The politics of trade policy have become toxic in the United States
For decades, the mainstream Democratic and Republican parties have promoted the expansion of trade between the United States and other countries. Greater globalization, these politicians promised, would increase economic growth – and with the generosity of that growth, the country could compensate any workers who would suffer from increased trade. But it didn’t work like that.
Instead, trade has contributed to stagnant living standards for millions of working-class Americans, by reducing the number of well-paying blue-collar jobs here. Earnings for workers without a bachelor’s degree have grown only slowly over the past few decades. Many measures of well-being – even life expectancy – have declined in recent years.
Throughout, many politicians and pundits have continued to insist that trade makes the economic pie bigger. And they were often right. But struggling workers understandably saw these claims as false or irrelevant, and they refused to support further trade expansions.
After President Barack Obama negotiated a major new trade deal – the Trans-Pacific Partnership, or TPP – members of both parties criticized it and the Senate refused to ratify it. Donald Trump then won the presidency partly on an anti-trade platform, and he officially withdrew the United States from the TPP
This morning, President Biden, on his first trip to Asia since taking office, announced a deal he hopes represents the future of trade policy. It is known as the Indo-Pacific Economic Framework and includes India, Japan, Indonesia, South Korea, Australia, Vietnam, the Philippines, Thailand, and a handful of other countries.
This framework is much less ambitious than Obama’s TPP. But the TPP was never adopted by the United States, so it is in some ways a meaningless comparison. Biden’s goal is to handle trade policy in a way that is both less pompous and isolationist than Trump’s approach, but also less dismissive of voter concerns than both parties tended to be before the presidency. of Trump.
As a Biden adviser told me, the new framework is central to the Biden administration’s “post-neoliberal foreign policy.”
The crucial distinction between Biden’s framework and past trade deals is that this deal does not involve what economists call “market access” – the opening of one country’s markets to goods from other countries, through reduced tariffs and regulations. Rather, the framework revolves around increased cooperation in areas such as clean energy and internet policy. Accordingly, the agreement does not require Senate ratification.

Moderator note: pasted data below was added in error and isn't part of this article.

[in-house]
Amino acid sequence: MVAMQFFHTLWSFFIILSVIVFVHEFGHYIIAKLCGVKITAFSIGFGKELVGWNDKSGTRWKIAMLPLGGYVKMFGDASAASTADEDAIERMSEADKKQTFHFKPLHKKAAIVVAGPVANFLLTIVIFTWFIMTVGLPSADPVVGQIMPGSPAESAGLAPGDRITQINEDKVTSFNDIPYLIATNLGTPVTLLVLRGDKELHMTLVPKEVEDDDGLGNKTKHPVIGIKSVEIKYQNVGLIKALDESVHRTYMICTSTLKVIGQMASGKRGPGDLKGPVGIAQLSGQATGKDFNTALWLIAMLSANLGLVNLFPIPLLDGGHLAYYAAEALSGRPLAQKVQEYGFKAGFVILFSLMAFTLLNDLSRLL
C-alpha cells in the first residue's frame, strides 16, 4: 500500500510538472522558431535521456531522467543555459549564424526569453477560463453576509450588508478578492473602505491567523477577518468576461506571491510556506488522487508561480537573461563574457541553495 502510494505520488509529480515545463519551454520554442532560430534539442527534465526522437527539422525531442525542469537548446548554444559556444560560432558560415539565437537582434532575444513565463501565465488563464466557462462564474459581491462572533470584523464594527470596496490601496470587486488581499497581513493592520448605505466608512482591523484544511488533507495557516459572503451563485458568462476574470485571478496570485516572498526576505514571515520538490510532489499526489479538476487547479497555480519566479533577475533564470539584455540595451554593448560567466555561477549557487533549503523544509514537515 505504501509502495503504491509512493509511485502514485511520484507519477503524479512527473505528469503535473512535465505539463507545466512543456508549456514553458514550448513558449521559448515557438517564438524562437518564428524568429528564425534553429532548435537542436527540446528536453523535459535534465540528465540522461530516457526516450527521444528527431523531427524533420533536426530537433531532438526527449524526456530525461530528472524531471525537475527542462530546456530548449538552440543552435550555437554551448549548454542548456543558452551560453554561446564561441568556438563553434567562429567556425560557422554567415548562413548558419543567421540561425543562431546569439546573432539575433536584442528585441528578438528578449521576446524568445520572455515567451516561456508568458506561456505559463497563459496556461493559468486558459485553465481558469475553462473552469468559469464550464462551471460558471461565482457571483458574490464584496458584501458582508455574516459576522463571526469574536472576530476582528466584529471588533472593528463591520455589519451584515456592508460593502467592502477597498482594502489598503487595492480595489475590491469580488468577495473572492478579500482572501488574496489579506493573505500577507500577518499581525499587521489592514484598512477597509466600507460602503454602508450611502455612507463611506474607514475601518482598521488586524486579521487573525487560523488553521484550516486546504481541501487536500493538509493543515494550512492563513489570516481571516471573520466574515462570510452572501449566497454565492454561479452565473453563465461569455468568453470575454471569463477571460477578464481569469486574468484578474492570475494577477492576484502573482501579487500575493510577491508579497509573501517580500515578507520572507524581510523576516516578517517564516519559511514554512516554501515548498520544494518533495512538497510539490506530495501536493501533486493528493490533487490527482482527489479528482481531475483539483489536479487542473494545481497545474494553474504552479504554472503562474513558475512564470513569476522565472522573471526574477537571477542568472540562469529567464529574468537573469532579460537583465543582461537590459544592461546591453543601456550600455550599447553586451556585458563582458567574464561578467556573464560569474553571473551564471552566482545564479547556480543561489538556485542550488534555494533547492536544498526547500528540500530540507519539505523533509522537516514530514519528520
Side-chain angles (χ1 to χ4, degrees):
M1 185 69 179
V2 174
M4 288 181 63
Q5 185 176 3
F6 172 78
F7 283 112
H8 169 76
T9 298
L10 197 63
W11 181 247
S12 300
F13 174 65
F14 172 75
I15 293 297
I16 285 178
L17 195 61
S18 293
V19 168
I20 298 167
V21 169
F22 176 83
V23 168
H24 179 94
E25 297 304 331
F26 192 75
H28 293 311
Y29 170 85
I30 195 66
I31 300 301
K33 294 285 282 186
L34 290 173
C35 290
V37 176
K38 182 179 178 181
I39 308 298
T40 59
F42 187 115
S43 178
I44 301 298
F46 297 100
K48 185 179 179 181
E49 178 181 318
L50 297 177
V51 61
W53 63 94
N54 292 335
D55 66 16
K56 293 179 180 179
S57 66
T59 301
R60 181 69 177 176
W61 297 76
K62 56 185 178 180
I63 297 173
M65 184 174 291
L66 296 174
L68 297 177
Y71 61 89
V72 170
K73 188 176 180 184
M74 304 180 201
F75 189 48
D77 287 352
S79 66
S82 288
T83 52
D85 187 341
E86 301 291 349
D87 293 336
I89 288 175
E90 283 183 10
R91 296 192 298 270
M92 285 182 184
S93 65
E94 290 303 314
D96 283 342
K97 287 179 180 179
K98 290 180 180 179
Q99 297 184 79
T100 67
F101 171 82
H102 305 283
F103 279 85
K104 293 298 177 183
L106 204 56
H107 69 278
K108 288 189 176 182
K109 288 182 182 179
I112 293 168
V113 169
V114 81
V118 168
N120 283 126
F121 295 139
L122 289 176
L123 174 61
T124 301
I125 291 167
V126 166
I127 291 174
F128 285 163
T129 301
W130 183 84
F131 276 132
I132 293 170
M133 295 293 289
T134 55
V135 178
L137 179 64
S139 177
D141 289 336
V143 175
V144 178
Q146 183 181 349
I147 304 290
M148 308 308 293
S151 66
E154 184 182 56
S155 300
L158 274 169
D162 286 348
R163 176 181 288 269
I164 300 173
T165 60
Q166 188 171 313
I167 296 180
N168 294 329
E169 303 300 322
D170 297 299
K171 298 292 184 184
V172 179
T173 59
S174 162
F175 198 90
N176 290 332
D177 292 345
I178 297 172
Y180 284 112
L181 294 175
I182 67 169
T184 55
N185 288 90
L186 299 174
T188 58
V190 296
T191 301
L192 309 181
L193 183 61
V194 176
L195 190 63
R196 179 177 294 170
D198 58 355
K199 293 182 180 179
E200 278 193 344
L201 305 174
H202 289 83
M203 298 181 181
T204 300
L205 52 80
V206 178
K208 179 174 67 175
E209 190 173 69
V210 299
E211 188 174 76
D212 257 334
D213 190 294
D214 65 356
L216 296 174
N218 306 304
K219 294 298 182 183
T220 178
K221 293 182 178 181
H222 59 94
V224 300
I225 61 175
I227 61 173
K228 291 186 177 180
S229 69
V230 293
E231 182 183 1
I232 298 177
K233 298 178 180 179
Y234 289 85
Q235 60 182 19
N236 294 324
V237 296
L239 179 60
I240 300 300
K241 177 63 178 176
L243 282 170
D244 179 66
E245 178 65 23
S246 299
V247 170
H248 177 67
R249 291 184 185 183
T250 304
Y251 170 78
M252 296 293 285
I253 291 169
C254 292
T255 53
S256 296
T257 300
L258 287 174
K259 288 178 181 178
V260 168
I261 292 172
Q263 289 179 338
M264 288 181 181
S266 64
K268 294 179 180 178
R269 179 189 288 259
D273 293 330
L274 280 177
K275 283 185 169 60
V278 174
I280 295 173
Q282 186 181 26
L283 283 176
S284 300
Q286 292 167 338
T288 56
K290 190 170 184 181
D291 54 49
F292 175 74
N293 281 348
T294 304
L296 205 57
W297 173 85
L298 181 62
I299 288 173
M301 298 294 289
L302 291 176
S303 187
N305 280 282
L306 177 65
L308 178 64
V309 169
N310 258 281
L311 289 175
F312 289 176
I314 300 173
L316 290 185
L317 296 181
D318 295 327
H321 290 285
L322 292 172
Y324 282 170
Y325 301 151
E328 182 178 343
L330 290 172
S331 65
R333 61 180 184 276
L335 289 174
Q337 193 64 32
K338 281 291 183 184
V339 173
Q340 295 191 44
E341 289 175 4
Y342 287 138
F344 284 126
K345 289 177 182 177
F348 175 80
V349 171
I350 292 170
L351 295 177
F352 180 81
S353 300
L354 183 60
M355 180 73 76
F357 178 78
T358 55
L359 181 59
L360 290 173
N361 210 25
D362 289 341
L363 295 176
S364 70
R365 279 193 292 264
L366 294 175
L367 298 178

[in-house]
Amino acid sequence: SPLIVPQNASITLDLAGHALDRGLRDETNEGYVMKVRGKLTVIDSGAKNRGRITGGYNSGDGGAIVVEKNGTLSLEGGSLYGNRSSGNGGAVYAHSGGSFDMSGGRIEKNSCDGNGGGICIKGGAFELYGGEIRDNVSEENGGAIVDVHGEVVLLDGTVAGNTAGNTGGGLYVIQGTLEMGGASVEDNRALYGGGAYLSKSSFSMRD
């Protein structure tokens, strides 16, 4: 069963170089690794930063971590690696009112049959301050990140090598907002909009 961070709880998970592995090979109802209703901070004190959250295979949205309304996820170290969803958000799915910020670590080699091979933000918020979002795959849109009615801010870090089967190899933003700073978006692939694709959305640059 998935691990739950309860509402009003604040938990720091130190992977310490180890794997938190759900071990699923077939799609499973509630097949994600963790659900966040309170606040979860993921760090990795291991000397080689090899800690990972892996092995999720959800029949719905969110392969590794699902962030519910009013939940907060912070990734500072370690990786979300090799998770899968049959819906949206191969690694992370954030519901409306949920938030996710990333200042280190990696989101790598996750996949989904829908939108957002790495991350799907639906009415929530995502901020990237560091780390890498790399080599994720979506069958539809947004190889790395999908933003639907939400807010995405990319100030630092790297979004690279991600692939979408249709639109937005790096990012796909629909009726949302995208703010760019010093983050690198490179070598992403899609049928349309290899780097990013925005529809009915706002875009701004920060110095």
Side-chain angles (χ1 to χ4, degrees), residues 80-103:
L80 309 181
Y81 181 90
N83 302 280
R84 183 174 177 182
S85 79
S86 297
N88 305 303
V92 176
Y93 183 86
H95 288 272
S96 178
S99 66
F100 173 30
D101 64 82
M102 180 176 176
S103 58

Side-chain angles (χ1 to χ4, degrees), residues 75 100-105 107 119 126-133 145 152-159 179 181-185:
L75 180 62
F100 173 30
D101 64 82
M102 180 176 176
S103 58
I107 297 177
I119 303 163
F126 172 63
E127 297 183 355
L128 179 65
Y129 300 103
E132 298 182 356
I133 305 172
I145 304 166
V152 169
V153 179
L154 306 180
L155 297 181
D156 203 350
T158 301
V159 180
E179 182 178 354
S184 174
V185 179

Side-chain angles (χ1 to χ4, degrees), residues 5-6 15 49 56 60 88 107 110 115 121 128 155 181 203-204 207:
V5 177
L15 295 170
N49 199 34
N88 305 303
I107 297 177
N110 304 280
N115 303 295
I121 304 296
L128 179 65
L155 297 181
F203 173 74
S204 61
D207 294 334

A concrete example is the global supply chain. Under this framework, the 13 countries agree to quickly identify and resolve supply chain issues. If a Covid outbreak in one country forces a certain type of factory to shut down, a backup factory in another country can quickly ramp up production and minimize shortages around the world.
The China Factor
Officials in much of Asia remain disappointed that the United States has abandoned the TPP. They rightly note that Biden’s framework is much narrower and will do less to help Asian economies increase their exports to the United States. Calvin Cheng, senior analyst at the Malaysian Institute for Strategic and International Studies, told Al Jazeera.
Yet the Biden administration has persuaded virtually every country that it wants to join the framework to do so. Officials in those countries recognize that Biden is trying to re-engage with Asian allies, contrary to Trump’s “America-first” approach, and many are keen for the United States to play an active role in the Pacific. Otherwise, they fear, China could dominate the region.
U.S. officials have the same concern, and the new framework — vague as it is in parts — offers a structure for economic cooperation that bypasses China. If the US and other major Asian economies can agree on standards for supply chain, internet policy, energy, etc., China will have to choose between meeting those rules or missing out. new business opportunities.
Katherine Tai, the top US trade official, who joined Biden on his trip, told The Associated Press that the US was “very, very focused on our competition with China.” The new framework, she added, aims to counter China’s growing influence in the Pacific region.
Biden said the United States would militarily defend Taiwan if China invaded.
David Ignatius, The Washington Post: “Biden is heading to Asia this week to project American diplomatic and economic might in a region that has been rocked by the blunders of America’s two most powerful rivals, Russia and China.
Phelim Kine, Politico: “The Chinese government clearly senses a threat as the administration focuses more on Asia.” Chinese Foreign Minister Wang Yi has warned South Korea of the “risk of a new cold war”.
The framework includes both U.S. allies and “guardian of the fence” countries that want to maintain close ties with China and the United States, says Kurt Tong in The Hill. These fence keepers insisted that Taiwan not be part of the deal.
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